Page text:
More about Composition, III

Sr. Contributor

Arthur B. Carles’ Composition, III is proof that alcoholism, failed marriages, and suicide are rarely good news for anyone...except maybe therapists and divorce lawyers saving up for summer homes, and artists looking for inspiration.

This piece was painted between 1931 and ‘32, a period of Carles’ work spawned by his disastrous interlude in Paris from 1929-30.

After a promising early career that included studying under Henri Matisse, Carles was in freefall by the mid ‘20s. His first marriage to the gorgeous model, dancer, and musician Mercedes de Cordova collapsed as she took their daughter to New York, leaving him behind in Philadelphia. Meanwhile his drinking escalated to the point that he was fired from his teaching job at the Pennsylvania Academy of the Fine Arts due to alcoholism. Then his beloved mother died.

By 1929, things seemed to be looking up. Carles had remarried to Caroline Robinson, a pretty new muse 16 years younger than him, and had another daughter. Furthermore, wealthy friends and patrons sent him and his new family to Paris to rejuvenate his career. However, his drinking and erratic behavior continued to spiral out of control. On a whim, he abandoned his wife and daughter on an ocean liner to make the return voyage to America without him while he jumped ship to continue drinking and carousing with his Parisian friends. He was soon devastated when fellow-artist Jules Pascin committed suicide on the eve of Pascin’s own first solo show by slitting his wrists, scrawling a note in blood on the wall to his mistress, and hanging himself. Carles returned to America in despair and failure, reportedly having only a single painting to show for the entire misadventure.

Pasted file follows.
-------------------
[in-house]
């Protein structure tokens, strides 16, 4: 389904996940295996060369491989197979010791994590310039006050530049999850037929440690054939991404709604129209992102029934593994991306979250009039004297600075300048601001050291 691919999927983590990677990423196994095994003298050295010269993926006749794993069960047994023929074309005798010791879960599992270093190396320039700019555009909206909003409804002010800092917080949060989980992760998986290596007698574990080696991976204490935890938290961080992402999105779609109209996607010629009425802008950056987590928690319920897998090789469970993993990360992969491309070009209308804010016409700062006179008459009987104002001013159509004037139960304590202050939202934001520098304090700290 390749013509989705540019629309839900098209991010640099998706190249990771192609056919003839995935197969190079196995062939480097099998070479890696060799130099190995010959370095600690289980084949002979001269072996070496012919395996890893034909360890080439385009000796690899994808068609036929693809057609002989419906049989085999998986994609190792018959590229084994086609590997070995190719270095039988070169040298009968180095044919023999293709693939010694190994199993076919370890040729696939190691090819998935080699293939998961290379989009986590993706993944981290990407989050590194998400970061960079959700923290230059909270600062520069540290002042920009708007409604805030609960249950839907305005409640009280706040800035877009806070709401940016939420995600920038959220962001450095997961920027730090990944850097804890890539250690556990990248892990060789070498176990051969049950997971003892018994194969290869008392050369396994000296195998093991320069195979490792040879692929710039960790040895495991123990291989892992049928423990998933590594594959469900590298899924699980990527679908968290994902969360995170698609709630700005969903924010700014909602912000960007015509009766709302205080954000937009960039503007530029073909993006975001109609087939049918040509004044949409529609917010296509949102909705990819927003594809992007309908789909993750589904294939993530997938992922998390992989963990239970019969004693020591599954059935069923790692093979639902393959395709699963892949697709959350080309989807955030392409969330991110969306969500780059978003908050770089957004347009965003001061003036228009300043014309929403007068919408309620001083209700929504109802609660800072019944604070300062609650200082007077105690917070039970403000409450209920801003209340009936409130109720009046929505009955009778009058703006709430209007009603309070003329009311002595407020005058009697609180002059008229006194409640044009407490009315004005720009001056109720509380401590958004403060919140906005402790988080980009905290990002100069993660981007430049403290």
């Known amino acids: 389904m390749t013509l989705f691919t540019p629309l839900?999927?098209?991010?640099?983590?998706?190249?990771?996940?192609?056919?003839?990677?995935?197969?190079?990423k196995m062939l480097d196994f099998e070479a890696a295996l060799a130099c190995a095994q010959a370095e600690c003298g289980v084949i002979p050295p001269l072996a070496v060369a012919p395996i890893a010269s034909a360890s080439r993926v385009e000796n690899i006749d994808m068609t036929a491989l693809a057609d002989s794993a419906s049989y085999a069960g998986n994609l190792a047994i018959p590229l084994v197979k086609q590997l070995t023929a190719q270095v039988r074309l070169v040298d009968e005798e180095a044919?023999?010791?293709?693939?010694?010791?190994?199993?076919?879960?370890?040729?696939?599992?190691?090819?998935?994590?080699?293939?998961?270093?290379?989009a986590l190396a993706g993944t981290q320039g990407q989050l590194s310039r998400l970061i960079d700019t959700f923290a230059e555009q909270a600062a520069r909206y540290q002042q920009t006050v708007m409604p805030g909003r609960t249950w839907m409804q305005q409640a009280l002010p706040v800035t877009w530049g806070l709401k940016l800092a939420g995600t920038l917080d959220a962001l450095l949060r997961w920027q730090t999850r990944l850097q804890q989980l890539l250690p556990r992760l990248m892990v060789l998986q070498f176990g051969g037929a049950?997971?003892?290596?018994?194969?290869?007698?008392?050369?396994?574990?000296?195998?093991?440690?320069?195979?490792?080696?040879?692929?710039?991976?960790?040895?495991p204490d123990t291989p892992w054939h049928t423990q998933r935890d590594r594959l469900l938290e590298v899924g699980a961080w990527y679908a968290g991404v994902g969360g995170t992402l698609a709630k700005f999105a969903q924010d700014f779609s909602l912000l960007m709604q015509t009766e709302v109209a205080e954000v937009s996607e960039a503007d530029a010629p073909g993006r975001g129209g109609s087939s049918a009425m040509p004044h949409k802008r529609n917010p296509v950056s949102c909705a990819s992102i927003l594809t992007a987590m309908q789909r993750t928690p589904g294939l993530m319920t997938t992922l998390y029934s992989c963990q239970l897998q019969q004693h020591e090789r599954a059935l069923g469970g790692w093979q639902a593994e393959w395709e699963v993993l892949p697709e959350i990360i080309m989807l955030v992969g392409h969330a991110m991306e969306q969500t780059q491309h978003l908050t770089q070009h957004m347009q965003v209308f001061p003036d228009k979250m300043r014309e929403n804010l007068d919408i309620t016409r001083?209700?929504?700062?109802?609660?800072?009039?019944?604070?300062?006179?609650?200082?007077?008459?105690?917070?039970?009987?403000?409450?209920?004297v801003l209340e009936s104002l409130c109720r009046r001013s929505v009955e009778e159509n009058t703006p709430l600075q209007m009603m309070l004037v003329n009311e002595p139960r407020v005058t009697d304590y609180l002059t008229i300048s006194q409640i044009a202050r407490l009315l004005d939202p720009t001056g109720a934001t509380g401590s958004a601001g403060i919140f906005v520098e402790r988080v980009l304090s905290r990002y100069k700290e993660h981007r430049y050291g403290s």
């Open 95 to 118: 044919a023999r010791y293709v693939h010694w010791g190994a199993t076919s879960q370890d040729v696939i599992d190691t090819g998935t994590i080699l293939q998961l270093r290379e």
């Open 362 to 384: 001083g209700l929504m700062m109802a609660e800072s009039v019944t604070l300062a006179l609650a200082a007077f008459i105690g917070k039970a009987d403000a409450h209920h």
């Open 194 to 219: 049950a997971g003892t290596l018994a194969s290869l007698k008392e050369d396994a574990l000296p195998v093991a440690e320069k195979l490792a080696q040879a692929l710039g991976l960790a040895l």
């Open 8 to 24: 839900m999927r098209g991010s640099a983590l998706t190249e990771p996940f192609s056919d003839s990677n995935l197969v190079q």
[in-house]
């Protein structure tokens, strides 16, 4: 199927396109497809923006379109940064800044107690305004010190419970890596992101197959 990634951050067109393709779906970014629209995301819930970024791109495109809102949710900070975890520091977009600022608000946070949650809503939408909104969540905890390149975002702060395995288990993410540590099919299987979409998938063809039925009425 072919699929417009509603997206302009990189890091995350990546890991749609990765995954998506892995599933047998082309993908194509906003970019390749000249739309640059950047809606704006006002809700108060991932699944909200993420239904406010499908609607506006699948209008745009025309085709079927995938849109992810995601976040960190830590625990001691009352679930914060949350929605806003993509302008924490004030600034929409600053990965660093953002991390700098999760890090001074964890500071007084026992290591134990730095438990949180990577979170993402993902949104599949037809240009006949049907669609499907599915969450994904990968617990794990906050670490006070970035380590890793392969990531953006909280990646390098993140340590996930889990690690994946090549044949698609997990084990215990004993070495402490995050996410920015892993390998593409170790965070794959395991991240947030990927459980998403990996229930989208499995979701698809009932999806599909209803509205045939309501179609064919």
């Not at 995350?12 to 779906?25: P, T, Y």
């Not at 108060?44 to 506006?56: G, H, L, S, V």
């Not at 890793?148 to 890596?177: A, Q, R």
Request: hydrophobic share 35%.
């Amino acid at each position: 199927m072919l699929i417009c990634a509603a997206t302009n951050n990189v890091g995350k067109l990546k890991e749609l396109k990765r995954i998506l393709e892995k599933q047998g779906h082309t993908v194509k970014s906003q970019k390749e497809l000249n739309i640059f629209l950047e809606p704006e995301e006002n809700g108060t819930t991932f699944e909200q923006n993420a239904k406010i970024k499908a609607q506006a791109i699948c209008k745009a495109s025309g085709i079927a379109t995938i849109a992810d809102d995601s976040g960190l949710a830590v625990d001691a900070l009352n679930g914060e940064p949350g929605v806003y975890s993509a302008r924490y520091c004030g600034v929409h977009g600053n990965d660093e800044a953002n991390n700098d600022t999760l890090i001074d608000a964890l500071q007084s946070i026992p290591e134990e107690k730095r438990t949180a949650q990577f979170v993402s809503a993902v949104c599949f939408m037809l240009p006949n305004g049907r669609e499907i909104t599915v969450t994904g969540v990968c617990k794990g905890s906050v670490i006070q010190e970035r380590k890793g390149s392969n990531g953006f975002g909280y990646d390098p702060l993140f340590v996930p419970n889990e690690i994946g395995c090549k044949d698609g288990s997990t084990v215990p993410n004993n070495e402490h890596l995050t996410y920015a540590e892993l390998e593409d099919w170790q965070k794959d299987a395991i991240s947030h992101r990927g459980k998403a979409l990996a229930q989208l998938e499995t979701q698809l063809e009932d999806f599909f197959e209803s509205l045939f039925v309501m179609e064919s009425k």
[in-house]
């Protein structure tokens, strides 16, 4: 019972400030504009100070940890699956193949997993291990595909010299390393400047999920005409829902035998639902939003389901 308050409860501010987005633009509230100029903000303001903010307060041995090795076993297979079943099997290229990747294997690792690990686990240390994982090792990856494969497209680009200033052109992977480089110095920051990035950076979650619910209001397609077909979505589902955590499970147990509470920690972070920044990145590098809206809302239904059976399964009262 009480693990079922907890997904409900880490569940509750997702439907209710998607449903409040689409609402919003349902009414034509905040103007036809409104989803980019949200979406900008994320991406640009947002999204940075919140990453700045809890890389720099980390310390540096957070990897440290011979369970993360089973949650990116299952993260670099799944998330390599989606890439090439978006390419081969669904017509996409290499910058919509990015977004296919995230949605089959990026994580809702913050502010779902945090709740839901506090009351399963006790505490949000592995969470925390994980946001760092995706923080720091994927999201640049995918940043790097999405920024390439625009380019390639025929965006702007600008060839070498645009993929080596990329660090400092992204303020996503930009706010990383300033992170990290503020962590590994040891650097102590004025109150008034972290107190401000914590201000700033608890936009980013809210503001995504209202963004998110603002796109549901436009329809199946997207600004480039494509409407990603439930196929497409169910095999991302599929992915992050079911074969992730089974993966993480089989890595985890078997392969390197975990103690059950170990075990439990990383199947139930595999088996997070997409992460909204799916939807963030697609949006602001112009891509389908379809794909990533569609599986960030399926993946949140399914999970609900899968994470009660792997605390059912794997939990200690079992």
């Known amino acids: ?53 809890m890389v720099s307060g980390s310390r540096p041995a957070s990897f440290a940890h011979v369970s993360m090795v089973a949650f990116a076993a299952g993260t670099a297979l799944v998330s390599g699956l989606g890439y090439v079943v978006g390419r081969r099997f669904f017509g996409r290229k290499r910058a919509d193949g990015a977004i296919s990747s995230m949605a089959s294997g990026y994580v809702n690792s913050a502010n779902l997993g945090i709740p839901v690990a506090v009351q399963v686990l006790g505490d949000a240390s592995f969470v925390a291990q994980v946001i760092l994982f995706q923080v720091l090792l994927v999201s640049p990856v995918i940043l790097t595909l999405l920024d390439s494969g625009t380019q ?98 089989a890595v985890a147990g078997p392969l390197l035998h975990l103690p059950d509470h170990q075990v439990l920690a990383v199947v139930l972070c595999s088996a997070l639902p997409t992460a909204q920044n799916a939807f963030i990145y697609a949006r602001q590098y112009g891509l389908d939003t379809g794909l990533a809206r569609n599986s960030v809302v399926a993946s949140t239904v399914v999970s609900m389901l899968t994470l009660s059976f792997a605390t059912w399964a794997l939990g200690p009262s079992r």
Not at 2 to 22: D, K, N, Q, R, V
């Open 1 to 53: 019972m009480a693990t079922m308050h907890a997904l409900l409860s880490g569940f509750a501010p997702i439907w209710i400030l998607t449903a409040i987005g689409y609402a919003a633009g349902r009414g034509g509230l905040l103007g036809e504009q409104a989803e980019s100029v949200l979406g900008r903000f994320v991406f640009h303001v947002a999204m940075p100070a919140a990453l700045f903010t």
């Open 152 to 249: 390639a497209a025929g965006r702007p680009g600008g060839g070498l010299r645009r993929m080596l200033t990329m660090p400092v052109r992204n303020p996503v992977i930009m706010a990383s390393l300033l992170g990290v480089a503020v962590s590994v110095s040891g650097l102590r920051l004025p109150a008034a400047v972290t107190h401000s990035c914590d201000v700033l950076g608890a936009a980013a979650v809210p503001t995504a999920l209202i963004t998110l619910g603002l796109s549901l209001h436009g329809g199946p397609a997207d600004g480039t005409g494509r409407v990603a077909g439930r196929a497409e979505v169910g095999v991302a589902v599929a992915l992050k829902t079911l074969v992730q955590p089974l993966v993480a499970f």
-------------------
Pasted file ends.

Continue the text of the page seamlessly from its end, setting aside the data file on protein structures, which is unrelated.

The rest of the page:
Yet, he brought something much more precious home from Paris: artistic inspiration. Influenced by groundbreaking new styles he had seen developing in France among the tragic Pascin and others, Carles embarked on a new phase of his career, eschewing the representational figure paintings and portraits of his earlier career for these much more radical compositions.

Still other forces coincided to make the early ‘30s a particularly flourishing period for Carles. He found on his return to Philadelphia that his old mentor Matisse was living nearby. Carles’ elder daughter Mercedes Matter, now a ravishing beauty of 19 and burgeoning artist in her own right, introduced him to her mentor (and much older lover) Hans Hoffman, with whom he became fast friends and collaborators. Additionally, one of Carles’ wealthy benefactors funded the construction of a specially designed studio that could only be accessed by a trapdoor in a ceiling so that he would not be disturbed. 

These serendipitous boosts helped make pieces like Composition, III among Carles’ most revolutionary and highly regarded work. Biographer Barbara Ann Boese Wolanin points to “...prophecies of Abstract expressionism” in these later works, nearly two decades before artists like Jackson Pollock made the movement famous. Unfortunately, this golden age was not to last for Carles, who fell off the trapdoor staircase of his famed “ideal” studio during a drunken binge, and was paralyzed and unable to work for the rest of his life.